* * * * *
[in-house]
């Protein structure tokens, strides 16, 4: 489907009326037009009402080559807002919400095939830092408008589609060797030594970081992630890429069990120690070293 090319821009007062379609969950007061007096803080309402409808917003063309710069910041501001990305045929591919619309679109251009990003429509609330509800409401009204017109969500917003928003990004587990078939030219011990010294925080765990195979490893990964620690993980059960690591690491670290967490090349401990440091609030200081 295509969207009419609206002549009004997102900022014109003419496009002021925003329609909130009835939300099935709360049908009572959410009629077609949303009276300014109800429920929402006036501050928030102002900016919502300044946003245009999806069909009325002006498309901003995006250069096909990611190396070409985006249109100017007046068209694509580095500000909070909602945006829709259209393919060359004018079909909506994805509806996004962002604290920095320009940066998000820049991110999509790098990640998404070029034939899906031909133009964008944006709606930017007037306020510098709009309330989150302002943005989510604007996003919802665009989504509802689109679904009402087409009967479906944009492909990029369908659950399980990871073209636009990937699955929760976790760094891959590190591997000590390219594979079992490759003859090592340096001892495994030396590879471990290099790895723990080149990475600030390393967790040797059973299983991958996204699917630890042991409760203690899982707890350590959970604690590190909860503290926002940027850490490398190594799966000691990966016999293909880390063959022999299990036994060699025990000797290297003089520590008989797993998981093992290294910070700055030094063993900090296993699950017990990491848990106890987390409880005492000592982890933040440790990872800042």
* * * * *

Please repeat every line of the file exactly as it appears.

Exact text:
[in-house]
């Protein structure tokens, strides 16, 4: 489907009326037009009402080559807002919400095939830092408008589609060797030594970081992630890429069990120690070293 090319821009007062379609969950007061007096803080309402409808917003063309710069910041501001990305045929591919619309679109251009990003429509609330509800409401009204017109969500917003928003990004587990078939030219011990010294925080765990195979490893990964620690993980059960690591690491670290967490090349401990440091609030200081 295509969207009419609206002549009004997102900022014109003419496009002021925003329609909130009835939300099935709360049908009572959410009629077609949303009276300014109800429920929402006036501050928030102002900016919502300044946003245009999806069909009325002006498309901003995006250069096909990611190396070409985006249109100017007046068209694509580095500000909070909602945006829709259209393919060359004018079909909506994805509806996004962002604290920095320009940066998000820049991110999509790098990640998404070029034939899906031909133009964008944006709606930017007037306020510098709009309330989150302002943005989510604007996003919802665009989504509802689109679904009402087409009967479906944009492909990029369908659950399980990871073209636009990937699955929760976790760094891959590190591997000590390219594979079992490759003859090592340096001892495994030396590879471990290099790895723990080149990475600030390393967790040797059973299983991958996204699917630890042991409760203690899982707890350590959970604690590190909860503290926002940027850490490398190594799966000691990966016999293909880390063959022999299990036994060699025990000797290297003089520590008989797993998981093992290294910070700055030094063993900090296993699950017990990491848990106890987390409880005492000592982890933040440790990872800042």